Phase II evaluation of desipramine for the treatment of hot flashes

Debra L. Barton, Charles L. Loprinzi, Pamela Atherton, Jane Raymond, Tait Shanafelt, Stephanie Hines, Fran Palmieri, Teresa Rummans, Alex A. Adjei, Jeff Sloan

Research output: Contribution to journalArticlepeer-review

7 Scopus citations


Purpose: Newer antidepressants with serotonergic effects reduce hot flashes significantly better than placebo. This pilot study was designed to test the efficacy of desipramine, an older antidepressant targeting norepinephrine, in women desiring therapy for hot flashes and to evaluate the toxicity of desipramine. Patients and Methods: In this nonrandomized trial, eligible women were required to have reported ≥ 14 bothersome hot flashes per week for ≥ 1 month. After an initial baseline week in which no study medication was taken, participants started with desipramine 25 mg daily, which was titrated to 100 mg daily by week 5. The primary endpoint was change from baseline in hot flash frequency and hot flash score. Statistical methods involved paired t tests for continuous variables and Fisher exact tests for categoric variables. Results: Twenty-six patients were enrolled on this study between March 2004 and November 2005. The decrease in mean hot flash frequency over 4 weeks of treatment was 23%, with a 31% reduction in hot flash scores. Seven patients (30%) withdrew early because of toxicities consisting of insomnia, nausea, headaches, and/or feeling frightened. Conclusion: Desipramine did not reduce hot flashes beyond the 25%-30% reduction that would be expected with placebo, based on previous work. Therefore, data from this trial do not support further study of this agent for treatment of hot flashes. It is of physiologic interest that this older antidepressant, classified as a tricyclic, did not achieve a clinically significant reduction in hot flash scores in this pilot trial.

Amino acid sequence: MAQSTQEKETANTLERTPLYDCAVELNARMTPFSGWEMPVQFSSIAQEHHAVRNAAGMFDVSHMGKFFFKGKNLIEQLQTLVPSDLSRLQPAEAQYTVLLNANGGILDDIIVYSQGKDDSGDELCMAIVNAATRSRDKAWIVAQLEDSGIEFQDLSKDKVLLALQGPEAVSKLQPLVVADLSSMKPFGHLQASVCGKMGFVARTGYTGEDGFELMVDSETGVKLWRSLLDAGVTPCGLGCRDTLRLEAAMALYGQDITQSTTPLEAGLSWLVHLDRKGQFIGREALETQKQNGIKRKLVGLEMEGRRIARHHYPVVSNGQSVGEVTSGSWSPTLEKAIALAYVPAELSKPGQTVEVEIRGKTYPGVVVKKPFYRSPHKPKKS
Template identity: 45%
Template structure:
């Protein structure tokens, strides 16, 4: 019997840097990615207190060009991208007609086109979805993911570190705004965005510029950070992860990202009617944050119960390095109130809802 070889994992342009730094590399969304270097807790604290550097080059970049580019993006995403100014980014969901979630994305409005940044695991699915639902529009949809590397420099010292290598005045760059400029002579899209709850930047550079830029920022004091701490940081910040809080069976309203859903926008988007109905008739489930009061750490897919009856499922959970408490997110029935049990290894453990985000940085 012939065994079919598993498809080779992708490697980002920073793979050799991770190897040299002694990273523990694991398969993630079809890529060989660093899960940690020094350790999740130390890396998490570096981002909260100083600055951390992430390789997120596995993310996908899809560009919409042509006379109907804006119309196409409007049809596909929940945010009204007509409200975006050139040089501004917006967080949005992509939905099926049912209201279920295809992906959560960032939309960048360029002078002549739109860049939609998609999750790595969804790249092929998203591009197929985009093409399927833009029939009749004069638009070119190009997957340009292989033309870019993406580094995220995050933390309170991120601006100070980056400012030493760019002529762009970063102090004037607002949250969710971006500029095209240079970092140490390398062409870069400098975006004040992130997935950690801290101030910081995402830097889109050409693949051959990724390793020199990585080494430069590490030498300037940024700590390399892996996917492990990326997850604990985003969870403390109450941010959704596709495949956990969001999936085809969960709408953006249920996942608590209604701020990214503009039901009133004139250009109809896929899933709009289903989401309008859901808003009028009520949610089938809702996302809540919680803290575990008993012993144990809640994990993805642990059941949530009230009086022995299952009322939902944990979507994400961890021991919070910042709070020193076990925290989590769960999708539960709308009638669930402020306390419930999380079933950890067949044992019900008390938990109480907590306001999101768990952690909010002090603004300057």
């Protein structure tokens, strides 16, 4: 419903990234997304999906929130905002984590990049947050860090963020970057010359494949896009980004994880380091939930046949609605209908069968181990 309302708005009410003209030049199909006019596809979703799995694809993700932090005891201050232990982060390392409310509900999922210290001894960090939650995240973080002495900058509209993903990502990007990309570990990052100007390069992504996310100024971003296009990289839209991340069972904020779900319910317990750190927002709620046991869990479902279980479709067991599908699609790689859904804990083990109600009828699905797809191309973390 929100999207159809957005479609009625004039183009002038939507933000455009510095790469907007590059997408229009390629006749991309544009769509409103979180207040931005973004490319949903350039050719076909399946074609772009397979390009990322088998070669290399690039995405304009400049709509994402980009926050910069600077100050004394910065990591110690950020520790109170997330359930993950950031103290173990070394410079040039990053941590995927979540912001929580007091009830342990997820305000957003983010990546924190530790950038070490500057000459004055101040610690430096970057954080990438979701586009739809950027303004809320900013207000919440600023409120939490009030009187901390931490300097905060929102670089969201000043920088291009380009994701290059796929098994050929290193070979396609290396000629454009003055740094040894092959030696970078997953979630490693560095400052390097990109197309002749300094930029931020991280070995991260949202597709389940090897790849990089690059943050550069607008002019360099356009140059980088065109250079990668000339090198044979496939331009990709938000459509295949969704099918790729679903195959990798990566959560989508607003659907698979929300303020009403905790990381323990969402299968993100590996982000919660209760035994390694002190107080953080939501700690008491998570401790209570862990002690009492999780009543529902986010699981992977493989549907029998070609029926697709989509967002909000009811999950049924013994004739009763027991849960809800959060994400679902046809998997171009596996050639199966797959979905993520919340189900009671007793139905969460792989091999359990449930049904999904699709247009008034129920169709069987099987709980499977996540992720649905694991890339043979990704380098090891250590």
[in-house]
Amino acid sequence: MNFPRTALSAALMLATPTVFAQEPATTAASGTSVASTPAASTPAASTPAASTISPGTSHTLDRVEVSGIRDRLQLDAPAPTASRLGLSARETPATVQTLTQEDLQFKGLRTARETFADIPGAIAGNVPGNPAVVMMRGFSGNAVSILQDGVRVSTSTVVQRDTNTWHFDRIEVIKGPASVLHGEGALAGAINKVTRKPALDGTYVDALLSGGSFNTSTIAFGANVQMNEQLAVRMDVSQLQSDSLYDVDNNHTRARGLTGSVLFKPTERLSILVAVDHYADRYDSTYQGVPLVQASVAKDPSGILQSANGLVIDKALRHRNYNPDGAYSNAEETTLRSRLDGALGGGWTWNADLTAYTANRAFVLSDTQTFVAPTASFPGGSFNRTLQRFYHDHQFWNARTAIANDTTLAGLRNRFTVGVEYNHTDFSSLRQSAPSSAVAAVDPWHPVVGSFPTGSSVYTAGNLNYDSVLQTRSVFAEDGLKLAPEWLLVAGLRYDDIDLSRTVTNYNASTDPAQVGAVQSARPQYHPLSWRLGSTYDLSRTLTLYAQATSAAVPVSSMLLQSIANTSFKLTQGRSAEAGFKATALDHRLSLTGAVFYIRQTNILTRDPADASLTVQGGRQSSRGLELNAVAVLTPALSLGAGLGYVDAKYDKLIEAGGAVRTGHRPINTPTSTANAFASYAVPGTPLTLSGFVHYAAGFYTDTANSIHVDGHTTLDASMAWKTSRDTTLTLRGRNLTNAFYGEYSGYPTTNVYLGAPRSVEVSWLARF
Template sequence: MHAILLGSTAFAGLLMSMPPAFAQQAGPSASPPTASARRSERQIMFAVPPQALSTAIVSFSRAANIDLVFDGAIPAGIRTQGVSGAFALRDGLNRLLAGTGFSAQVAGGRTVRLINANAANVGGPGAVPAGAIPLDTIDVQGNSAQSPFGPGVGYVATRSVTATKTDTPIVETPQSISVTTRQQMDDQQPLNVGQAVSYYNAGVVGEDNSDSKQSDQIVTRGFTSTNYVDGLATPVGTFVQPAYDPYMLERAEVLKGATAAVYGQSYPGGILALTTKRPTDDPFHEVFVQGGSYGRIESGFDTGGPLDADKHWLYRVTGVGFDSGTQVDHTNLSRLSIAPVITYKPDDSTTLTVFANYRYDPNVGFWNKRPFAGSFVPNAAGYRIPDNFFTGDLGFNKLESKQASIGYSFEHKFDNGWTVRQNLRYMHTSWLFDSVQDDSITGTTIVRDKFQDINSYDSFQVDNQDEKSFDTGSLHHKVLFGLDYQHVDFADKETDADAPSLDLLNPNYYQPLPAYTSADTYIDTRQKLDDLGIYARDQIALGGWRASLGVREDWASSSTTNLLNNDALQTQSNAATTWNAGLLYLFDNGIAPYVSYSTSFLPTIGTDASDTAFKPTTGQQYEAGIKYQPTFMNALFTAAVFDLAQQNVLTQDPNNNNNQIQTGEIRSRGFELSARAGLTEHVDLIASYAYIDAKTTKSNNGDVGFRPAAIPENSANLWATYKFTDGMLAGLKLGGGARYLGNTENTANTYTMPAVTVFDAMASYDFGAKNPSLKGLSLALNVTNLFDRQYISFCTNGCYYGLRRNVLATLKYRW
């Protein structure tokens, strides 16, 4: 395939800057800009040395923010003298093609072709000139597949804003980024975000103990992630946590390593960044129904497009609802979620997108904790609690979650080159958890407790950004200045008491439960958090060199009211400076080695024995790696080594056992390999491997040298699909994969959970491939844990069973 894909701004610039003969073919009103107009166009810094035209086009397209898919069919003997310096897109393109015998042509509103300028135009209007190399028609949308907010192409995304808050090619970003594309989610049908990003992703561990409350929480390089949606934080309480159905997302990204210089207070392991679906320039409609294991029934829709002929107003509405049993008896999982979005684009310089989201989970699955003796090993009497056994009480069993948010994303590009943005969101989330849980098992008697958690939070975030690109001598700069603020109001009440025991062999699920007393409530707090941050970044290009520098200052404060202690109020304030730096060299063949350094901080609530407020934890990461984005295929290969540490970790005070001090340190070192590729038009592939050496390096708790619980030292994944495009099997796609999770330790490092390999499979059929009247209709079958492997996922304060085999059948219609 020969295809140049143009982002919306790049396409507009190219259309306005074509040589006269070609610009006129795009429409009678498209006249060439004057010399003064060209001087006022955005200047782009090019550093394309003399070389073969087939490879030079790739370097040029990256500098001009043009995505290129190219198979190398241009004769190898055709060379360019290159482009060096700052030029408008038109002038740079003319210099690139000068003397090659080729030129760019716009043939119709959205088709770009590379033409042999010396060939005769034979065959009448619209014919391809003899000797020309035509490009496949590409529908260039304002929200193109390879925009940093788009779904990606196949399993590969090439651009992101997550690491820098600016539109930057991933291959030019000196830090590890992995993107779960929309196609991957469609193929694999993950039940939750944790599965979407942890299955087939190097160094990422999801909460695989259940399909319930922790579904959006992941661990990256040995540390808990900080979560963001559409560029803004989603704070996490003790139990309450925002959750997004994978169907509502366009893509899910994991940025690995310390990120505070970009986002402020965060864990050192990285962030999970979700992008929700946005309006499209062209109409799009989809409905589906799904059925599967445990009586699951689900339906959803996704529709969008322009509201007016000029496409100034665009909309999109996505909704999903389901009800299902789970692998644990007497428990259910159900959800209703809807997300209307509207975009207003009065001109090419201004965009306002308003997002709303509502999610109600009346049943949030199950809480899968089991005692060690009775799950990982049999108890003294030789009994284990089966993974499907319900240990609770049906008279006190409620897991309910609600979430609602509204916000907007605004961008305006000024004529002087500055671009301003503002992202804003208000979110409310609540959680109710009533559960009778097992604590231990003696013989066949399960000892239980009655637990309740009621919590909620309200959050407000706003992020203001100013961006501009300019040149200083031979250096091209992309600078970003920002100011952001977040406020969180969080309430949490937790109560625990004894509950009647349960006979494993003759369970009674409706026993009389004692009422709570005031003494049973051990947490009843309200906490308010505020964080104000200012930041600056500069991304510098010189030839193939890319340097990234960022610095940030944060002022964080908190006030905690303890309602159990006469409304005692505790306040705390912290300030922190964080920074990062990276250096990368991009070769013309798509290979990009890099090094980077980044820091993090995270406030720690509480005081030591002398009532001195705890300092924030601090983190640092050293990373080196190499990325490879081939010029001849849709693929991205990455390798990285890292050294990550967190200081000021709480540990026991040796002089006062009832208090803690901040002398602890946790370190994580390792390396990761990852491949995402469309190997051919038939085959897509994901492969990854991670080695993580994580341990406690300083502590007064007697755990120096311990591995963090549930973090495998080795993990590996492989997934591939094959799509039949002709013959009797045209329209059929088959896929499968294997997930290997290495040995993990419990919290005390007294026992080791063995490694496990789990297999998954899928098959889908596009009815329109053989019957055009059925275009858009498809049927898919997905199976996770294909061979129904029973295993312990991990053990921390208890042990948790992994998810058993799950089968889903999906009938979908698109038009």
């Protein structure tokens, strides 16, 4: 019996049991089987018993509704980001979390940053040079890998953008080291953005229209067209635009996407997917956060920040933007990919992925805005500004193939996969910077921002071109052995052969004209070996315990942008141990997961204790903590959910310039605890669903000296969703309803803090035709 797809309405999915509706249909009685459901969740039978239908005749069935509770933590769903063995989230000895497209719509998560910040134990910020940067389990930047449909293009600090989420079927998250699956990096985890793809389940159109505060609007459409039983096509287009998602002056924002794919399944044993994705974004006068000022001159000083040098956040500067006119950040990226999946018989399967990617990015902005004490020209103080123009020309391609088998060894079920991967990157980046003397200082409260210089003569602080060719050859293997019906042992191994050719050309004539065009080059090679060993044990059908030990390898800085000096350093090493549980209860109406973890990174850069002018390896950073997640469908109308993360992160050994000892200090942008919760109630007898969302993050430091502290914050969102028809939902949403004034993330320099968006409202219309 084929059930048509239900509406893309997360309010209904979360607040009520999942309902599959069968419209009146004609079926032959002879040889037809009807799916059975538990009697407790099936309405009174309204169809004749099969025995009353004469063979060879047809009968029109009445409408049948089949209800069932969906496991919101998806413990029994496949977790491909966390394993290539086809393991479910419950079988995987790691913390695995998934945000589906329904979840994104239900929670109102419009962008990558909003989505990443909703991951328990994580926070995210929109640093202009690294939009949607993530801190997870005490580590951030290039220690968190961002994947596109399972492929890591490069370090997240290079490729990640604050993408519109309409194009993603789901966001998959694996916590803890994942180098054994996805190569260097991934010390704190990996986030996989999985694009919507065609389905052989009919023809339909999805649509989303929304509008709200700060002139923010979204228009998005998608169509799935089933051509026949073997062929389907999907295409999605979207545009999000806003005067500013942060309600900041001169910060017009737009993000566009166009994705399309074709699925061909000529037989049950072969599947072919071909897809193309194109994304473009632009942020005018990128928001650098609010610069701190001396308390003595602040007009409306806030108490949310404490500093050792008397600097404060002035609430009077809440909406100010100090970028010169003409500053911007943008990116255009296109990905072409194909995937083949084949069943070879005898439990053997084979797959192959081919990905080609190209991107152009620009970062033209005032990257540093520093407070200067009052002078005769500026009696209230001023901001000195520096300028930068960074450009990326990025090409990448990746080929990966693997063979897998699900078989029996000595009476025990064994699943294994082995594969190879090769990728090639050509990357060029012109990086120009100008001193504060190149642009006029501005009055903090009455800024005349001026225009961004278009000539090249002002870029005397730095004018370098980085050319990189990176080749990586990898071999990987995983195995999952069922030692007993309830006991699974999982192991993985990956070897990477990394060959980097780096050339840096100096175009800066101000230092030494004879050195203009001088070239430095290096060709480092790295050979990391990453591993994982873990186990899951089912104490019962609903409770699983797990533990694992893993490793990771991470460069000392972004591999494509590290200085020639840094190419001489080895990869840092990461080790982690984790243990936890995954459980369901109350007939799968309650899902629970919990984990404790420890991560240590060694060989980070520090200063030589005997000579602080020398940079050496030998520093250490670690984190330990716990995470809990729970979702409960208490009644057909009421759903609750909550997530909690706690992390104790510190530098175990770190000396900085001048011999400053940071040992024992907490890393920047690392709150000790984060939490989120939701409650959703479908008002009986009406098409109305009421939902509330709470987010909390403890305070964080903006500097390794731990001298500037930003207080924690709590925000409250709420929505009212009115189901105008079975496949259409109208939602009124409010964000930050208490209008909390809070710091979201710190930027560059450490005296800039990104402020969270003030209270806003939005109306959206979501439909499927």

Original languageEnglish (US)
Pages (from-to)219-224
Number of pages6
JournalSupportive Cancer Therapy
Issue number4
StatePublished - Sep 2007


  • Antidepressants
  • Menopause
  • Survivors
  • Symptom management

ASJC Scopus subject areas

  • Oncology
  • Pharmacology
  • Cancer Research


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